“When I was a college student, I was really pessimistic about whether the United States would ever be able to be generous enough to have a real impact on helping the Third World to develop,” Maher recounted. “While I was worrying about that and pessimistically fretting about it, President Kennedy was initiating what is now called the Kennedy Round tariff negotiations, which opened up the American consumer economy to Third World products. As a result, an enormous number of Third World countries are not really Third World any more.”

While that’s a good outcome, the American worker also has paid a price for it.

“We put the American worker in direct competition with the Third World. If we’re to maintain our democracy with the living standard that our workforce is used to having, they have to be enormously more efficient in their work” because of the much lower wages in the rest of the world, Maher said.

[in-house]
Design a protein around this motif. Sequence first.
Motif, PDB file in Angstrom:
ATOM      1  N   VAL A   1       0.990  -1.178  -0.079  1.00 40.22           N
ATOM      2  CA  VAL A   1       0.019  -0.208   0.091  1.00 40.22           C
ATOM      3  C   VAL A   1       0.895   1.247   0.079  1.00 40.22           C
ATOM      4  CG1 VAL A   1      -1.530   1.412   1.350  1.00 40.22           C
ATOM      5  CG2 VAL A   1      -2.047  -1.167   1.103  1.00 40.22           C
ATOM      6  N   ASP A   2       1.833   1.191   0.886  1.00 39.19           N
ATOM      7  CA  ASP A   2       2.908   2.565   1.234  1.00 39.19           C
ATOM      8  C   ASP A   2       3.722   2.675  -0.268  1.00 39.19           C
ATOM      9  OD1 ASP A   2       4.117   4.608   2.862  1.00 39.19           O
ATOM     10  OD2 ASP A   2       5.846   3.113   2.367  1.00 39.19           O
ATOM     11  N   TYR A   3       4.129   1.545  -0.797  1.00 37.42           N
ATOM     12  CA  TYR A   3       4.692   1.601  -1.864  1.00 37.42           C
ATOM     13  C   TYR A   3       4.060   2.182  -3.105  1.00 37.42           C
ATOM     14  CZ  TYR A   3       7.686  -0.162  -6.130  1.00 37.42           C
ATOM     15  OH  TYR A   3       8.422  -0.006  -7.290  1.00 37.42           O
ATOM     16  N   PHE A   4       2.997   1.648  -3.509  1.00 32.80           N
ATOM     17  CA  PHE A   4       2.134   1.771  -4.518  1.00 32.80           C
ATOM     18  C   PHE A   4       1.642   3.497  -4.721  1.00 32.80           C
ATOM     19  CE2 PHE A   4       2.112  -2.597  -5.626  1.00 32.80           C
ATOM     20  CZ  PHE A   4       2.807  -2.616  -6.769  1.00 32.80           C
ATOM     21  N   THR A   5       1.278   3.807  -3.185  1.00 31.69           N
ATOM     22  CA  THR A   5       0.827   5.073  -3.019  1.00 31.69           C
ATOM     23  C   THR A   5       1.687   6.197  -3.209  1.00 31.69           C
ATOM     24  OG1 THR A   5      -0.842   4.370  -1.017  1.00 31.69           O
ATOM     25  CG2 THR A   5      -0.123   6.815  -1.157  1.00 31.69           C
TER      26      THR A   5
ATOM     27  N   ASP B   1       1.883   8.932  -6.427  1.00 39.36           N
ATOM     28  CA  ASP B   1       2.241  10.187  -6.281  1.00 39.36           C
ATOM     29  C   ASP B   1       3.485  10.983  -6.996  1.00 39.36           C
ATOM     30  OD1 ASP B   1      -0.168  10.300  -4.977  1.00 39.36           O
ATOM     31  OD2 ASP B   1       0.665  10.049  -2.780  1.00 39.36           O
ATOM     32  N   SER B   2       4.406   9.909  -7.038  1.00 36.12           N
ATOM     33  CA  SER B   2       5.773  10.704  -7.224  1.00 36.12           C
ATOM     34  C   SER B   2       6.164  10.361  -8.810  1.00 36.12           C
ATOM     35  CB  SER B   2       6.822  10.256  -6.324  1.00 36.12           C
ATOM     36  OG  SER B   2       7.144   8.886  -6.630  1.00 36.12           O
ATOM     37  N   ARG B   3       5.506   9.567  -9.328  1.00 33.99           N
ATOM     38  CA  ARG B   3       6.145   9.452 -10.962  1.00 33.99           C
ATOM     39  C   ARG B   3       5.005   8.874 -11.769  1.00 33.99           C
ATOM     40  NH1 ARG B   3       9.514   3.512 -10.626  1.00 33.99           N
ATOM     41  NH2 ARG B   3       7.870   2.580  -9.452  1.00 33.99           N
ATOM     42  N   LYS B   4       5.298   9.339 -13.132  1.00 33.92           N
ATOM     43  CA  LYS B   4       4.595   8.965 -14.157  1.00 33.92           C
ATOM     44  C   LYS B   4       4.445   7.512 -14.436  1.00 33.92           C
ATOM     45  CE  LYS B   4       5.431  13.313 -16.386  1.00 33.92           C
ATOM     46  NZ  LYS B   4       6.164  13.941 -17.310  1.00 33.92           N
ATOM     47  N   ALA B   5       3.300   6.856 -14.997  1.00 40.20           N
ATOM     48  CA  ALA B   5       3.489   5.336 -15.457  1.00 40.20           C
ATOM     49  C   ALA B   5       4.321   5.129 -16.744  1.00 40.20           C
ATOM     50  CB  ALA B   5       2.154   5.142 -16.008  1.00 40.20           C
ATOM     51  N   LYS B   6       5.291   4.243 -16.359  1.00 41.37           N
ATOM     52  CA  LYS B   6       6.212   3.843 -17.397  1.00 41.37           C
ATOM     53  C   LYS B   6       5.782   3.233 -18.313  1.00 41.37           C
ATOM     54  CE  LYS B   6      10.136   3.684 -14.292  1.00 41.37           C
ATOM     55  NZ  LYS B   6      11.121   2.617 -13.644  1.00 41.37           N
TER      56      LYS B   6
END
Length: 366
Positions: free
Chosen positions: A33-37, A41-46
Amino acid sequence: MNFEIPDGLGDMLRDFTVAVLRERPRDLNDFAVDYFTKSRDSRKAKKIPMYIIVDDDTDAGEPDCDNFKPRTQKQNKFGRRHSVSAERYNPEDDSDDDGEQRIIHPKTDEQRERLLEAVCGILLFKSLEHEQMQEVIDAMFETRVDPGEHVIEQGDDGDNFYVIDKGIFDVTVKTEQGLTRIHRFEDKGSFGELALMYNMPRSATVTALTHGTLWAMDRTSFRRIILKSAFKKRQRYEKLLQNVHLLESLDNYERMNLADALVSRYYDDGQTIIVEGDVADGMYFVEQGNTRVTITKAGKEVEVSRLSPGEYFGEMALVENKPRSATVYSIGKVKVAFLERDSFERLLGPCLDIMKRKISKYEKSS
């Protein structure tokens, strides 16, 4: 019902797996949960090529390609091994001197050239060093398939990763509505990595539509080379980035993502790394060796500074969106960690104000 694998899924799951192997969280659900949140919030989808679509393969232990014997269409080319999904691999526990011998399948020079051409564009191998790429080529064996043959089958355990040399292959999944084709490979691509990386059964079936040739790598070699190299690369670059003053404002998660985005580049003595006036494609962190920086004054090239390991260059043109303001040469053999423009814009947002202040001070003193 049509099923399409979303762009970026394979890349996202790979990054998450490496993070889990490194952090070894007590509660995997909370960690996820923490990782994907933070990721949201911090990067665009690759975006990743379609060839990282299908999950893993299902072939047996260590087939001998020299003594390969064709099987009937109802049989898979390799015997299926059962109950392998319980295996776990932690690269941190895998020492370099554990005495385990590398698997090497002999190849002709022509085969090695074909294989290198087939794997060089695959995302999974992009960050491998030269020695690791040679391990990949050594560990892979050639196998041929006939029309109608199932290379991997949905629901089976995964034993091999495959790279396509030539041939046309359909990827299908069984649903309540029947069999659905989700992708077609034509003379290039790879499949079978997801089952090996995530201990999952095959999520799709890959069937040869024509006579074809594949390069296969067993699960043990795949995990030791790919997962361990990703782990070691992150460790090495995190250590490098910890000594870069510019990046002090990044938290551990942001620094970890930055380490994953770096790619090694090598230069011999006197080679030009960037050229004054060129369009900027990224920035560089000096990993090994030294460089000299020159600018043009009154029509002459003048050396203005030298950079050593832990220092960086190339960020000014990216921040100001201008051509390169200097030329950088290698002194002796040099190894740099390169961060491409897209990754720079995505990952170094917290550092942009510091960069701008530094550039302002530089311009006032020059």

“So productivity had to come up, and it had to come up through education. The country faces that to this day, and the government’s been wrestling with it through my whole professional life.”

By the late-1970s, the U.S. economy had stagnated, Maher said. “Some of the problem was that our innovations weren’t getting out to market. The government did studies of how much of the fruits of federally funded research had actually been turned into products and start-up companies and so forth, and the answer was almost nothing,” he said.

Then, in 1980, with the passage by Congress of the Bayh-Dole Act, universities were given the responsibility for commercializing the intellectual property that is produced in their research labs. The universities again were called on to figure out how to meet a new and complex mission, Maher said.

“In 1800 the mission was to teach; in 1900 the mission was to teach and do research, with some service to the society. Now the mission is to teach and do research with some service to society, and to figure out how to commercialize whatever you’re doing,” he said.